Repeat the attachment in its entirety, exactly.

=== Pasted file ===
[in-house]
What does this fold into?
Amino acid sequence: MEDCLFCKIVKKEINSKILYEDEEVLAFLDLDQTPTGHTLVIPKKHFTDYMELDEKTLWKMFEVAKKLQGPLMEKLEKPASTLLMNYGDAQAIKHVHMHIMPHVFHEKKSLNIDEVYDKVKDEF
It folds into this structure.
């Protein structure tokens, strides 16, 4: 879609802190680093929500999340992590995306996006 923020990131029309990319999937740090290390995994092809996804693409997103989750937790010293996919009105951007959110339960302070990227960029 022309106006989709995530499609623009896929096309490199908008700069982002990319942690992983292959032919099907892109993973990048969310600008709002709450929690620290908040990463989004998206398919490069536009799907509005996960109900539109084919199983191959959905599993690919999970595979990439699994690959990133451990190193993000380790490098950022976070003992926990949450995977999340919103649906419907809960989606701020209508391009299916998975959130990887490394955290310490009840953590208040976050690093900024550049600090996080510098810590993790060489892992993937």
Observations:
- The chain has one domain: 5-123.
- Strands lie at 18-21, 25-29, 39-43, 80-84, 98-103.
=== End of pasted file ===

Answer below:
[in-house]
What does this fold into?
Amino acid sequence: MEDCLFCKIVKKEINSKILYEDEEVLAFLDLDQTPTGHTLVIPKKHFTDYMELDEKTLWKMFEVAKKLQGPLMEKLEKPASTLLMNYGDAQAIKHVHMHIMPHVFHEKKSLNIDEVYDKVKDEF
It folds into this structure.
């Protein structure tokens, strides 16, 4: 879609802190680093929500999340992590995306996006 923020990131029309990319999937740090290390995994092809996804693409997103989750937790010293996919009105951007959110339960302070990227960029 022309106006989709995530499609623009896929096309490199908008700069982002990319942690992983292959032919099907892109993973990048969310600008709002709450929690620290908040990463989004998206398919490069536009799907509005996960109900539109084919199983191959959905599993690919999970595979990439699994690959990133451990190193993000380790490098950022976070003992926990949450995977999340919103649906419907809960989606701020209508391009299916998975959130990887490394955290310490009840953590208040976050690093900024550049600090996080510098810590993790060489892992993937």
Observations:
- The chain has one domain: 5-123.
- Strands lie at 18-21, 25-29, 39-43, 80-84, 98-103.